# Classification Algorithms

### Logistic regression

Logistic regression, despite its name, is a linear model for classification rather than regression. Logistic regression is also known in the literature as logit regression, maximum-entropy classification (MaxEnt) or the log-linear classifier. In this model, the probabilities describing the possible outcomes of a single trial are modeled using a logistic function.

The implementation of logistic regression in scikit-learn can be accessed from class LogisticRegression. This implementation can fit binary, One-vs- Rest, or multinomial logistic regression with optional L2 or L1 regularization.

As an optimization problem, binary class L2 penalized logistic regression minimizes the following cost function:

Similarly, L1 regularized logistic regression solves the following optimization problem

Note that, in this notation, it’s assumed that the observation y_i takes values in the set -1, 1 at trial i.

### Perceptron

The Perceptron is another simple classification algorithm suitable for large scale learning. By default:

- It does not require a learning rate.
- It is not regularized (penalized).
- It updates its model only on mistakes.

The last characteristic implies that the Perceptron is slightly faster to train than SGD with the hinge loss and that the resulting models are sparser.

### Support Vector Machines (SVM)

Support vector machines (SVMs) are a set of supervised learning methods used for classification, regression and outliers detection.

The advantages of support vector machines are:

Effective in high dimensional spaces.

- Still effective in cases where number of dimensions is greater than the number of samples.
- Uses a subset of training points in the decision function (called support vectors), so it is also memory efficient.
- Versatile: different Kernel functions can be specified for the decision function. Common kernels are provided, but it is also possible to specify custom kernels.

The disadvantages of support vector machines include:

- If the number of features is much greater than the number of samples, avoid over-fitting in choosing Kernel functions and regularization term is crucial.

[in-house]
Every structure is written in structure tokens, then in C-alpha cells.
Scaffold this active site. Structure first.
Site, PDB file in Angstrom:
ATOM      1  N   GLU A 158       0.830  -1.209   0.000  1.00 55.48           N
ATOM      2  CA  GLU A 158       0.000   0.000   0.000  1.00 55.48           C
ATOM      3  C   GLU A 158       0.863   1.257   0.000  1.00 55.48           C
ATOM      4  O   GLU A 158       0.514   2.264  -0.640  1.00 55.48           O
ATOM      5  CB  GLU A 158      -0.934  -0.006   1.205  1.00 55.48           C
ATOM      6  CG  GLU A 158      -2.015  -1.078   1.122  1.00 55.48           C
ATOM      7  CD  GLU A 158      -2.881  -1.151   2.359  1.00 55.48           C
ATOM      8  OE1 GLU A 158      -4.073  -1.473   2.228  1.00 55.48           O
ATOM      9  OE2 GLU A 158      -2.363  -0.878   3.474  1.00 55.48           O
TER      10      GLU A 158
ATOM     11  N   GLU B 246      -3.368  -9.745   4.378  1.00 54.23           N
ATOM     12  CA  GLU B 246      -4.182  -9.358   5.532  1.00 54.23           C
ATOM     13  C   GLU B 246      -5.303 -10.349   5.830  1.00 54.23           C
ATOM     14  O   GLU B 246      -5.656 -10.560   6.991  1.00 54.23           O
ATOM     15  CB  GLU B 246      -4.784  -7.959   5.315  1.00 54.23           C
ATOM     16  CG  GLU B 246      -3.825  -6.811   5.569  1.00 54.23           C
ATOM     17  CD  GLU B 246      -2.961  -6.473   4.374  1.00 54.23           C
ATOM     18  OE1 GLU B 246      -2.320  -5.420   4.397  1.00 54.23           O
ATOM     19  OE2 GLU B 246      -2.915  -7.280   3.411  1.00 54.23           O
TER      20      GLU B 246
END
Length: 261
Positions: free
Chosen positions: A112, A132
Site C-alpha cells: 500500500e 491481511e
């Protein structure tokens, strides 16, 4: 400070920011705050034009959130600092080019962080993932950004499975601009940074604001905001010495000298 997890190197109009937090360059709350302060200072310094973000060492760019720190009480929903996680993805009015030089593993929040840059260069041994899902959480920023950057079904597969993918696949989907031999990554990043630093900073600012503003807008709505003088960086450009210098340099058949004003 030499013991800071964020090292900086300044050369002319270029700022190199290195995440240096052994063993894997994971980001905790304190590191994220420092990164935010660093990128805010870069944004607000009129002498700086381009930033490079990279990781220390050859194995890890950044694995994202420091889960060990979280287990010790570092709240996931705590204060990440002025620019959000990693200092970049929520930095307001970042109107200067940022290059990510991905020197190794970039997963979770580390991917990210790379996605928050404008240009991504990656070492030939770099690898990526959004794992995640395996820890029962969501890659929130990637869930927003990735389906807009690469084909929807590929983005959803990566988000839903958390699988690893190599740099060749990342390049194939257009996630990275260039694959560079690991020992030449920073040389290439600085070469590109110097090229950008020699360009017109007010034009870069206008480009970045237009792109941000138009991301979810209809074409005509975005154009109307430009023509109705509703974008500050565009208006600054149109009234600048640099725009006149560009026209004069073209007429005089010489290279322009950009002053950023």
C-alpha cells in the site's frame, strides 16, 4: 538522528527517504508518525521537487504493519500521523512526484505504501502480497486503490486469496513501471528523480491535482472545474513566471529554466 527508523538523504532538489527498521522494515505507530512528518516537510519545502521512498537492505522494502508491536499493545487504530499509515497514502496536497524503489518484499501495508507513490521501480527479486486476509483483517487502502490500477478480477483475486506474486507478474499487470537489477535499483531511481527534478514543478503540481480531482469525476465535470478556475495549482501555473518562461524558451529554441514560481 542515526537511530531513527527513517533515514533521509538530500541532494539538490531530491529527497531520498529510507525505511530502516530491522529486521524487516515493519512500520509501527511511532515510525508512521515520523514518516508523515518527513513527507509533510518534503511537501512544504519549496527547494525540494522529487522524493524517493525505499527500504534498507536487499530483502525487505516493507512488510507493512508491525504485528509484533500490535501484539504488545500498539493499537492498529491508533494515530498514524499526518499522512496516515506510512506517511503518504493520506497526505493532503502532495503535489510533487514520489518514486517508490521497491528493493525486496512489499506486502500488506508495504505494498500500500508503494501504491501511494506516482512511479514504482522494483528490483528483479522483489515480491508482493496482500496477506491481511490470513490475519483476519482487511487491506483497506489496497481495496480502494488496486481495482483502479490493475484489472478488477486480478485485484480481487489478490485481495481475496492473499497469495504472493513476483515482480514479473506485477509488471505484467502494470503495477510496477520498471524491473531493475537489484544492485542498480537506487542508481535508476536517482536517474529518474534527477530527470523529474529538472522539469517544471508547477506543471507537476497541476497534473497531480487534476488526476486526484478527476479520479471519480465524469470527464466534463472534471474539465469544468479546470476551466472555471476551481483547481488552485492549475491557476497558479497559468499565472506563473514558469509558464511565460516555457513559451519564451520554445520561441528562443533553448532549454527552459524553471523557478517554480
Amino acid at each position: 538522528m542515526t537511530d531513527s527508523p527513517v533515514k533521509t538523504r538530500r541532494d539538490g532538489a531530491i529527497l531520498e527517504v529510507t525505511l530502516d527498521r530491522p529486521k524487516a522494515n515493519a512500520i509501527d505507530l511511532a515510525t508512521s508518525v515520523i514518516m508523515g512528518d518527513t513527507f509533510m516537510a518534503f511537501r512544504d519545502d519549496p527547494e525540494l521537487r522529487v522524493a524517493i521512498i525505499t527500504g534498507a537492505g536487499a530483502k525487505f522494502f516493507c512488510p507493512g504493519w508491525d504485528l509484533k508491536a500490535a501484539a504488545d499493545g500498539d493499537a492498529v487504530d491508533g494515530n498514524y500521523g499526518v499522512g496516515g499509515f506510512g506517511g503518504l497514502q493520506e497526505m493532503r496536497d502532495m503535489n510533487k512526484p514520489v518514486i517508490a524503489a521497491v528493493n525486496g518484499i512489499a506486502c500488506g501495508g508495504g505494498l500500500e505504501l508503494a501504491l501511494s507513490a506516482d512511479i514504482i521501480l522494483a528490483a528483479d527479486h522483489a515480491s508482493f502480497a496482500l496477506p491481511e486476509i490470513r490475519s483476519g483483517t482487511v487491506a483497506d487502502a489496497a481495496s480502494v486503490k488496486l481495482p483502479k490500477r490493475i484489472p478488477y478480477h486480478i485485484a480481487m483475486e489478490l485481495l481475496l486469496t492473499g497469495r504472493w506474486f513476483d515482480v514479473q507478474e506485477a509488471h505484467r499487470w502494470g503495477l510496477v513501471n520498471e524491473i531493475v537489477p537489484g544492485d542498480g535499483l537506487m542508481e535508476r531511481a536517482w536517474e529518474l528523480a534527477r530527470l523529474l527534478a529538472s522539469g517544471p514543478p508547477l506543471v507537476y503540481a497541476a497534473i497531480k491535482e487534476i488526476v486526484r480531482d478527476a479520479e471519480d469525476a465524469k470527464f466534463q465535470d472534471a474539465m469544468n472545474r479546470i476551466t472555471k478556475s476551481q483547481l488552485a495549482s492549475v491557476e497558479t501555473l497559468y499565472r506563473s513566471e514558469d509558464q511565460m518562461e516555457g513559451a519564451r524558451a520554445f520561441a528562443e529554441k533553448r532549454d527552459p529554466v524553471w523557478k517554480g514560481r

- SVMs do not directly provide probability estimates, these are calculated using an expensive five-fold cross-validation (see Scores and probabilities, below).

### Nearest Neighbors (kNN)

sklearn.neighbors provides functionality for unsupervised and supervised neighbors-based learning methods. Unsupervised nearest neighbors is the foundation of many other learning methods, notably manifold learning and spectral clustering. Supervised neighbors-based learning comes in two flavors: classification for data with discrete labels, and regression for data with continuous labels.

The principle behind nearest neighbor methods is to find a predefined number of training samples closest in distance to the new point, and predict the label from these. The number of samples can be a user-defined constant (k-nearest neighbor learning), or vary based on the local density of points (radius-based neighbor learning). The distance can, in general, be any metric measure: standard Euclidean distance is the most common choice. Neighbors-based methods are known as non-generalizing machine learning methods, since they simply “remember” all of its training data (possibly transformed into a fast indexing structure such as a Ball Tree or KD Tree).

Despite its simplicity, nearest neighbors has been successful in a large number of classification and regression problems, including handwritten digits and satellite image scenes. Being a non-parametric method, it is often successful in classification situations where the decision boundary is very irregular.

### Naive Bayes